reflections on failure

So, I stepped onto the stage to give a Keynote presentation having checked and run through the whole IT setup, twice. The IT guy pressed the button to swap from the Conference backdrop to my presentation and launched…absolutely nothing, just a blue screen. I paused. I saw Mr IT rushing forward, so I started speaking. After about a minute of him faffing around as I continued to speak, it became clear this was not going to improve. So I shut the laptop, put down the remote control and stepped into the middle of the stage.

This is the first time I have ever had such a major, in delivery, fail and although it wasn’t ideal I got through. I’m writing this not as self praise but to add some thoughts on what to do and how to cope. IT problems are real and the best advice I can give is to be prepared for complete failure.


A presentation without supportive media is, in most cases, entirely possible. Probably the first thing to emphasise is do not panic. I completely appreciate that is easier said than written. Stop for a second or two, gather your thoughts and remember all that practise. Practise is essential not only to groove delivery at the big event but for precisely this eventuality. Repetition will have ensured that you know what your p1 is all about. Added to that the reality that your audience neither know your script nor are they marking you against how well you stick to it. This is simply another practise, without slides.

For the vast majority of p3 presenters, even although  their delivery has moved beyond a script on the slide set the individual images of p2 frequently are signposts in the speaker. They mark transitions and sparklines. Visualisation of these steps will lead you through delivery. A pause at the end of one section will offer the space to mentally move the slide set forward: the next section will become clearer. Try to avoid telling the audience repeatedly what can’t be seen.

It is essential to move quickly past the problem and repeated apology is neither required nor valuable. The audience may not even reognise there is an issue. The presentation now relies more strongly on the delivery (p3). Anxiousness will always result in speaking more quickly. It is important therefore to purposefully, slow, down. Slower speech has many effects; it will actually calm the anxious speaker simply in itself; it gives space for the speaker to consider the next section and to think about speaking rather than remembering. Consider more clearly the idea of a conversation, rebuilding the story rather than reciting it.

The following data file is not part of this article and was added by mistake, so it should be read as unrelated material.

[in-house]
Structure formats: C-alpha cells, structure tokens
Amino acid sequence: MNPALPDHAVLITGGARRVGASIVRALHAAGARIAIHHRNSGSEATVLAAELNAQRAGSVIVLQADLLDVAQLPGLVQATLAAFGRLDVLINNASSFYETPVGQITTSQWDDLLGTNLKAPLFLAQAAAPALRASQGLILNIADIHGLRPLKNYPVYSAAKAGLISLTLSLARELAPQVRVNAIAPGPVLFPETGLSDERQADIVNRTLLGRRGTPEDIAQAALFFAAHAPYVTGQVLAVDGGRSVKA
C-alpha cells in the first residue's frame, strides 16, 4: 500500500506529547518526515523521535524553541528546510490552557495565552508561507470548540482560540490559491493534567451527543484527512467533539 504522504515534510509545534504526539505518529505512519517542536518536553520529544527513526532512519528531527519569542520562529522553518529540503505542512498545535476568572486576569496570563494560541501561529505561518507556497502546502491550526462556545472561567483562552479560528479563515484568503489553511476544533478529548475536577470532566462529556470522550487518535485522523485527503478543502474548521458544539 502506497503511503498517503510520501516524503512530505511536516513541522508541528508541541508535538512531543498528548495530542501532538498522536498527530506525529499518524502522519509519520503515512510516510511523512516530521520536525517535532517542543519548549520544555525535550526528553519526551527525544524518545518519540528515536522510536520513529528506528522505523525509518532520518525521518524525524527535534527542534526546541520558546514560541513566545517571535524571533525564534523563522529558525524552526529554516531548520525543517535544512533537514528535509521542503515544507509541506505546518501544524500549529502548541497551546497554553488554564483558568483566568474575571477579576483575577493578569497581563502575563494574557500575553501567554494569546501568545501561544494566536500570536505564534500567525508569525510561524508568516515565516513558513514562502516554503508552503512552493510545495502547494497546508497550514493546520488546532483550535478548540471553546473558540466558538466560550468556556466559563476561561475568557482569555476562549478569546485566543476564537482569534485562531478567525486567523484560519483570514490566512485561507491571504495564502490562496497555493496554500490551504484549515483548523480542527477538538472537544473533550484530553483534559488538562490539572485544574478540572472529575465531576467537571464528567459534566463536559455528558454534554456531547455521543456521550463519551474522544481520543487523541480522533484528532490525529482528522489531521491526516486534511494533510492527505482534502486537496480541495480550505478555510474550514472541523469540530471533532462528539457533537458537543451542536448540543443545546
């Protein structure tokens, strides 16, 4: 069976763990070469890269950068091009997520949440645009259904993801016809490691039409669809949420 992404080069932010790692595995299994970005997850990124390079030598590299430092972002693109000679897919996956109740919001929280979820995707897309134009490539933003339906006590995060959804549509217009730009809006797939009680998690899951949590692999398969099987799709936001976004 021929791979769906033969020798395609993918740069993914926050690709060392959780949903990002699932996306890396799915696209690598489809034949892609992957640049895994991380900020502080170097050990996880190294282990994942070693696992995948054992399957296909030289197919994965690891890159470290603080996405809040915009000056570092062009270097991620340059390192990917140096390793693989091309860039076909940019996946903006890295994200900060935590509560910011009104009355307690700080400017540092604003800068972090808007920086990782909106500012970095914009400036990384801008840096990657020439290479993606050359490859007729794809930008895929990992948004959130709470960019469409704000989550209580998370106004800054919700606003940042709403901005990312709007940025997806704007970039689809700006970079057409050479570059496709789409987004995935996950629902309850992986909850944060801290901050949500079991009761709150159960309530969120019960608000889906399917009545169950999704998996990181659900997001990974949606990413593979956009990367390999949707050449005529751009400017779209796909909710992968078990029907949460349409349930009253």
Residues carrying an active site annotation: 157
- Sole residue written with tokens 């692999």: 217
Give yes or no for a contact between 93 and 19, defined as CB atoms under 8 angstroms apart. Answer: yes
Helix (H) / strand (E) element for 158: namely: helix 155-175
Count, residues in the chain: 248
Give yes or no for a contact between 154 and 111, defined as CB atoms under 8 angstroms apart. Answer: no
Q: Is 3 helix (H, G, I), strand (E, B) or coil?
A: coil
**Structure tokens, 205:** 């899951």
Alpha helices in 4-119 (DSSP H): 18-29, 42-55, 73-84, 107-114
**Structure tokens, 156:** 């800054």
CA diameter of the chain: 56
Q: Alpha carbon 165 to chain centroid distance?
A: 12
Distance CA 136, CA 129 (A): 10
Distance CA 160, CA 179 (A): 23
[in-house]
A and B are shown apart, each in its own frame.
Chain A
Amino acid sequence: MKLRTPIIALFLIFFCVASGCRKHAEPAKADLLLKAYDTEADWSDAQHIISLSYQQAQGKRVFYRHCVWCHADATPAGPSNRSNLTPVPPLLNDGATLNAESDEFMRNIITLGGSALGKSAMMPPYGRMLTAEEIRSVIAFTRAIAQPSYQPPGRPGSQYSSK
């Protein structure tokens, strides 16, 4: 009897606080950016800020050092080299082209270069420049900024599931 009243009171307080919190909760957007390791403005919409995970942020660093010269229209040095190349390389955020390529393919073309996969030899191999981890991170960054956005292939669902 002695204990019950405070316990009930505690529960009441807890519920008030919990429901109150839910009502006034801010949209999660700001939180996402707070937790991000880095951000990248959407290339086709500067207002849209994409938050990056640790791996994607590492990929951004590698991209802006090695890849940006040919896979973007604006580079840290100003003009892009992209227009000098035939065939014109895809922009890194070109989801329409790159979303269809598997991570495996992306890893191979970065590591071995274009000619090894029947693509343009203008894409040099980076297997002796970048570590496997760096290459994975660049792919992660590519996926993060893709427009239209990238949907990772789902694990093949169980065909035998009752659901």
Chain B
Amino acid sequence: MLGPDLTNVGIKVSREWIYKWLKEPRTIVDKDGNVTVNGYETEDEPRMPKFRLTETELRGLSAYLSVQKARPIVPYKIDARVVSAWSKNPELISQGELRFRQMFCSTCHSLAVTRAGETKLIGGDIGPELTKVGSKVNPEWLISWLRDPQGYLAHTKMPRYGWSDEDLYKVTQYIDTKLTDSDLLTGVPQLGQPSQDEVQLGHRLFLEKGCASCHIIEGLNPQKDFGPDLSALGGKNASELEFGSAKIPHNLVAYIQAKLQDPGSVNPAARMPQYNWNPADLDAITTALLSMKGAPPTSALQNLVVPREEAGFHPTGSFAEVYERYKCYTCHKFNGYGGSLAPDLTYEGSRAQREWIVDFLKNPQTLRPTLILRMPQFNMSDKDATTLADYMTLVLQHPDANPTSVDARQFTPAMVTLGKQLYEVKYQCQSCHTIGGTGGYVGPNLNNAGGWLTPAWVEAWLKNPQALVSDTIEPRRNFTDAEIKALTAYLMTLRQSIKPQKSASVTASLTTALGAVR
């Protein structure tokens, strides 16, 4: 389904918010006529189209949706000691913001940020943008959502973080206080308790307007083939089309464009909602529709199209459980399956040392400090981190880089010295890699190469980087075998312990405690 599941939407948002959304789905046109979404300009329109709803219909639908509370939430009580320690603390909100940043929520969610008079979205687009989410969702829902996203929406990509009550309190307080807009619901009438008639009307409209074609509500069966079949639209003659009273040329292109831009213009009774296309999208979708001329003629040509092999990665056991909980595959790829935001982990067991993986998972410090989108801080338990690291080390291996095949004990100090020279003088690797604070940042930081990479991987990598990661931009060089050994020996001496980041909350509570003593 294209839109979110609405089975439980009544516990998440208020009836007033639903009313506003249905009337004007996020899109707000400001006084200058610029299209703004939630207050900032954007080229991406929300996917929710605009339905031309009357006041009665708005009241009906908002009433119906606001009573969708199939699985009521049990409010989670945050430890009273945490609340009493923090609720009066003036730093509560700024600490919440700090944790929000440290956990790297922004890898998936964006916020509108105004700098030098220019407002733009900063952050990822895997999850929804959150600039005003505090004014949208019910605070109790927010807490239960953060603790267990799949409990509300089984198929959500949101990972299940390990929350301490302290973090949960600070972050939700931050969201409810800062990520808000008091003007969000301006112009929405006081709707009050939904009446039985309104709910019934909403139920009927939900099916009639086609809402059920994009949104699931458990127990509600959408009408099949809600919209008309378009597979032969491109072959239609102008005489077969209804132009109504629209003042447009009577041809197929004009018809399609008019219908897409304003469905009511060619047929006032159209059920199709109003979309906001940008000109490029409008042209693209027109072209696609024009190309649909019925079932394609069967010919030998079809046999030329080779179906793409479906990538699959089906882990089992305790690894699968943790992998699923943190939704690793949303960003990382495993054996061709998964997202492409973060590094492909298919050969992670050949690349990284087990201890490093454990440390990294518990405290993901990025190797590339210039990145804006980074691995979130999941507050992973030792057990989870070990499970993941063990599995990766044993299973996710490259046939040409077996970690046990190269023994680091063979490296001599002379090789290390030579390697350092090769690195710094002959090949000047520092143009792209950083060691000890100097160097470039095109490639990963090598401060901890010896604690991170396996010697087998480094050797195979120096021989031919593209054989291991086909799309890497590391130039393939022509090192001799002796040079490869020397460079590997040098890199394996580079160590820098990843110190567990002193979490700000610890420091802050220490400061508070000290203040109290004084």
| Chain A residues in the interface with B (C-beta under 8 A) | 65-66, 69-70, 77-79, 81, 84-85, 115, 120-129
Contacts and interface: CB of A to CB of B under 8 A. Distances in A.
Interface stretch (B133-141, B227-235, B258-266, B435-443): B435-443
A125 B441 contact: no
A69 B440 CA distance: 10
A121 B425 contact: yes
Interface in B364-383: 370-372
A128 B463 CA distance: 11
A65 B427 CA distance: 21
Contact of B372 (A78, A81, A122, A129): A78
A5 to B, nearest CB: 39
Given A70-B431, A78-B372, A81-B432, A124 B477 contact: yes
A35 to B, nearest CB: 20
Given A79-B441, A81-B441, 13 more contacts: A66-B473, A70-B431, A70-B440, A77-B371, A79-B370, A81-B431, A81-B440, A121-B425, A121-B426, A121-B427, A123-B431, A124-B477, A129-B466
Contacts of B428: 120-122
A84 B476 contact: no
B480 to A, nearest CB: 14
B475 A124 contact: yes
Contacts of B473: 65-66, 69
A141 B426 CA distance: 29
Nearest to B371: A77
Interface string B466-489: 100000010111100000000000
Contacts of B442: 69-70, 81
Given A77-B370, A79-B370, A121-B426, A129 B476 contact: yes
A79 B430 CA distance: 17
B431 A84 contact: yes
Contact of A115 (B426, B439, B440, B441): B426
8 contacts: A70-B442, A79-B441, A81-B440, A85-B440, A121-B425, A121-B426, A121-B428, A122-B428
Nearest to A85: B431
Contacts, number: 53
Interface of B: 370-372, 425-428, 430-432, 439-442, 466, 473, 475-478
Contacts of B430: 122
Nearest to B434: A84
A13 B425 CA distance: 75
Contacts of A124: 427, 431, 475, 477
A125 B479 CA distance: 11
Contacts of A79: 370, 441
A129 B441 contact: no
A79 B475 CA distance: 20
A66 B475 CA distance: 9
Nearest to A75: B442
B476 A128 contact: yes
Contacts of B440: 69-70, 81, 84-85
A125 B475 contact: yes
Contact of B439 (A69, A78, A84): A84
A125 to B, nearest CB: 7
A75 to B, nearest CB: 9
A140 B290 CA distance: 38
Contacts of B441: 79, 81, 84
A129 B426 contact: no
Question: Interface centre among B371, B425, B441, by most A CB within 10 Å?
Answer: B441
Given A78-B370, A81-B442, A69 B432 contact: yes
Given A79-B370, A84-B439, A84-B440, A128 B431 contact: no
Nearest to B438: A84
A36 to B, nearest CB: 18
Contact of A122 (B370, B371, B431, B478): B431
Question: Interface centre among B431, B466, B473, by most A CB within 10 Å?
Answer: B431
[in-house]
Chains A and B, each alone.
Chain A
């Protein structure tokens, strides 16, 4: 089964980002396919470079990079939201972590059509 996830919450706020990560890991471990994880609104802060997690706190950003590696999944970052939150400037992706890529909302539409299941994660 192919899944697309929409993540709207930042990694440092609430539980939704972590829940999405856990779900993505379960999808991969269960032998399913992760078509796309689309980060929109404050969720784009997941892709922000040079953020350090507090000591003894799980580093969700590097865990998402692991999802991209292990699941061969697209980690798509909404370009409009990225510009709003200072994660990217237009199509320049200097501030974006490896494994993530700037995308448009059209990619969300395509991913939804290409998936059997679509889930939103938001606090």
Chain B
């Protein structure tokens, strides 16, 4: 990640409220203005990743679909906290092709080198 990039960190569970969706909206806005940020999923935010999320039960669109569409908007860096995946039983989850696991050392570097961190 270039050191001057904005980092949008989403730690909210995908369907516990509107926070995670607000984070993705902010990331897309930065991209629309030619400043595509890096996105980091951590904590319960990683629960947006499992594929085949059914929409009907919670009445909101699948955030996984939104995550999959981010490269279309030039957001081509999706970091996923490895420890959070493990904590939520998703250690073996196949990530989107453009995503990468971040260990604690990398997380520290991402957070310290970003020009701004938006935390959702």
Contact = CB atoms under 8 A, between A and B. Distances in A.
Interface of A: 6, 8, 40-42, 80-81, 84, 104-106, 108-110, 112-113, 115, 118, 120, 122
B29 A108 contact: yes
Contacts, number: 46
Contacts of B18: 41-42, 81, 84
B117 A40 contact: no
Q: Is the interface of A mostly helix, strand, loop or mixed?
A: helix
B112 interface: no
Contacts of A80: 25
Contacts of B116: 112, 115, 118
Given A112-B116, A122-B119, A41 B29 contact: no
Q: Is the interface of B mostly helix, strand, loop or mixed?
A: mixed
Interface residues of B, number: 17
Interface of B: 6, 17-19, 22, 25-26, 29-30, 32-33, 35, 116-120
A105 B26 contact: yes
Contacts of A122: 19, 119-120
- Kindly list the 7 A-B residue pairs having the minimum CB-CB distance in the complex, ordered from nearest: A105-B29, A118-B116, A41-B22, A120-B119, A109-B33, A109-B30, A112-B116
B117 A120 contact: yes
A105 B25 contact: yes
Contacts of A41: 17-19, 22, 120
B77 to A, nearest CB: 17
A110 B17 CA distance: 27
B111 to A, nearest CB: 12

Perversely, without the concrete structure and with delays in beginning there is a strong likelihood of over running. Good preparation will ensure the arc of the story is clear in the presenter’s mind but it is essential that the punchline is delivered effectively and within time. Ensure that as time progresses that endpoint is both clear and targeted.

If, due to lack of practise, it would be impossible to deliver the presentation unaided speak to the Chairman. Five minutes unofficial break may allow IT to resolve the problem and the speaker to regain their cool. A talk can often be re-scheduled. If all else fails it is better to withdraw gracefully than crumple after a few minutes.

Technological problem do happen despite preparation. If not immediately resolved make a decision whether to carry on or not. Good preparation will allow most presentations to be delivered but ensure a more paced delivery with visualisation rather than presentation of images. Ensure timekeeping is accurate and that a more conversational delivery still results in the punchline being delivered. Practise is the key defence against failure.

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